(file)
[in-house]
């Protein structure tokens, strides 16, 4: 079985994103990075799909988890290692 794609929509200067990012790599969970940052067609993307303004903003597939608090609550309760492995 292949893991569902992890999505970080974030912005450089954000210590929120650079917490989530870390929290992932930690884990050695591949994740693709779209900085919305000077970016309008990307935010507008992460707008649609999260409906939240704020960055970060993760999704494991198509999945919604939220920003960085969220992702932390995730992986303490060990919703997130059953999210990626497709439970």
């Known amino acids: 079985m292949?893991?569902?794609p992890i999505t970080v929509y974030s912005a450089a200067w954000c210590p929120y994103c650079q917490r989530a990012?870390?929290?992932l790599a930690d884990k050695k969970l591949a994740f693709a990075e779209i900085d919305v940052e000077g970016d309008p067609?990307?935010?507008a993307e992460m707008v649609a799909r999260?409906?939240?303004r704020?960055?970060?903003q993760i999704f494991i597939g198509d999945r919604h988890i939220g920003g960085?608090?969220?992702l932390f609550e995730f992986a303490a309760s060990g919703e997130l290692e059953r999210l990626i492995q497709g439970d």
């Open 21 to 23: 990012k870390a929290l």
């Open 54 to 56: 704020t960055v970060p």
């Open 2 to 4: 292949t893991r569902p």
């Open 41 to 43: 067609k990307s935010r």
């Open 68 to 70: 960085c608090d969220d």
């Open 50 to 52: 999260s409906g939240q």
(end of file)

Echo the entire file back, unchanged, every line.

[in-house]
């Protein structure tokens, strides 16, 4: 079985994103990075799909988890290692 794609929509200067990012790599969970940052067609993307303004903003597939608090609550309760492995 292949893991569902992890999505970080974030912005450089954000210590929120650079917490989530870390929290992932930690884990050695591949994740693709779209900085919305000077970016309008990307935010507008992460707008649609999260409906939240704020960055970060993760999704494991198509999945919604939220920003960085969220992702932390995730992986303490060990919703997130059953999210990626497709439970």
């Known amino acids: 079985m292949?893991?569902?794609p992890i999505t970080v929509y974030s912005a450089a200067w954000c210590p929120y994103c650079q917490r989530a990012?870390?929290?992932l790599a930690d884990k050695k969970l591949a994740f693709a990075e779209i900085d919305v940052e000077g970016d309008p067609?990307?935010?507008a993307e992460m707008v649609a799909r999260?409906?939240?303004r704020?960055?970060?903003q993760i999704f494991i597939g198509d999945r919604h988890i939220g920003g960085?608090?969220?992702l932390f609550e995730f992986a303490a309760s060990g919703e997130l290692e059953r999210l990626i492995q497709g439970d």
């Open 21 to 23: 990012k870390a929290l």
């Open 54 to 56: 704020t960055v970060p």
């Open 2 to 4: 292949t893991r569902p």
């Open 41 to 43: 067609k990307s935010r």
């Open 68 to 70: 960085c608090d969220d």
């Open 50 to 52: 999260s409906g939240q």